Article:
Expanded oil and gas activity on the US Outer Continental Shelf would produce substantial economic and energy security benefits, three witnesses told a US House Natural Resources subcommittee. But a fourth witness said alternative energy and other offshore industries should also be allowed to grow.
Most of the witnesses at the Energy and Minerals Subcommittee’s June 6 hearing applauded the goals of HR 2231, which US Rep. Doc Hastings (R-Wash.), the full committee’s chairman, introduced on June 4. The measure would expand federal offshore oil and gas leasing beyond areas that are part of the 2012-17 OCS program.
“It would safely open up new areas that were previously under moratoria—such as the Mid-Atlantic, Southern Pacific, and Arctic,” Hastings said in his opening statement. “This would create over a million new American jobs and generate hundreds of millions of dollars in new revenue to the federal treasury.”
John C. Felmy, American Petroleum Institute chief economist, testified, “If offshore energy production were extended to new areas, it could generate a bounty of job creation and new revenues to the government while improving America’s energy security.”
He added, “Earlier this year, a single lease sale in the Gulf of Mexico generated $1.2 billion in revenue for the federal government. As wells are drilled and the leases begin to produce, the revenue impact will only grow, along with the prospects for employment in the region and around the country.”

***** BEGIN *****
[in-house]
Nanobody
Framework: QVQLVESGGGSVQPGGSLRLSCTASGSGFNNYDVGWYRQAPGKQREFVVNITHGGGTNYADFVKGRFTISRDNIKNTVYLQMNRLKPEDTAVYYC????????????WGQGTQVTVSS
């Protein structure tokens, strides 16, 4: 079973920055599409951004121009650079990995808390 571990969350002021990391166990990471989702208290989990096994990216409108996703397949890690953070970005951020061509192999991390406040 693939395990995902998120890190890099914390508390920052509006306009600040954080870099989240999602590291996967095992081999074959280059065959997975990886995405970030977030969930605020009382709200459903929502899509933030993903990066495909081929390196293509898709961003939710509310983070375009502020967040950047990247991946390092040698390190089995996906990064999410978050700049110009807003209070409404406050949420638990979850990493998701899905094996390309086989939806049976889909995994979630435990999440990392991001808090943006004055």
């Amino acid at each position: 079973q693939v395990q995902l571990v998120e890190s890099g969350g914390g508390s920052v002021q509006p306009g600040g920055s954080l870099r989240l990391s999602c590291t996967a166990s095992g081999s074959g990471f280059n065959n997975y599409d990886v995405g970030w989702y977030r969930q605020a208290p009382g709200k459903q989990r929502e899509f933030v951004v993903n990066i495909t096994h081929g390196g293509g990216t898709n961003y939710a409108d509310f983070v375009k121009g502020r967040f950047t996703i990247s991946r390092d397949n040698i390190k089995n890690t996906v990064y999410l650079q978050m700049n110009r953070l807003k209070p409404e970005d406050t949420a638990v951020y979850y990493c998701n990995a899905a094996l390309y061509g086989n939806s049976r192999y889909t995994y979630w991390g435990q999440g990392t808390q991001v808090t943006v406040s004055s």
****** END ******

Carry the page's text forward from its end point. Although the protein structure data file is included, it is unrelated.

Christopher Guith, vice-president for policy at the US Chamber of Commerce’s Institute for 21st Century Energy, said in his written statement that HR 2231 is necessary because more than 86% of the US OCS is presently off-limits to oil and gas activity.
“By increasing access to the OCS and establishing long-term production targets for the [US} Department of the Interior to plan around when formulating oil and gas leasing programs, the country can begin to systematically increase its energy security and reap the economic benefits that entails,” Guith suggested in his written testimony.
While the deepwater western and central gulf continue to be productive, the US needs to explore other OCS areas to keep stimulating its economic growth and increasing its energy security, recommended Spectrum Geo Inc. Pres. Richie Miller.
“For the Atlantic OCS, we need to update our understanding of the resource, and modern seismic imaging is needed to make this evaluation,” Miller said in his written statement. “With higher quality data about the resource, [the US Bureau of Ocean Energy Management] will have a great understanding of the resource value. This will ensure that the taxpayer gets a greater return from federal OCS acreage.”
Michael Conathan, ocean policy director at the Center for American Progress Action Fund, said creating more US jobs is a good motive. “With unemployment stubbornly hovering around 8%, we clearly need them,” he said in his written testimony.
“There is, however, more than one way to generate employment from our oceans and coasts, and, in many cases, accelerating offshore oil and gas development will hinder job creation in other industries,” Conathan continued. Recreation and tourism, commercial fishing, and offshore renewable energy are equally important, he maintained.
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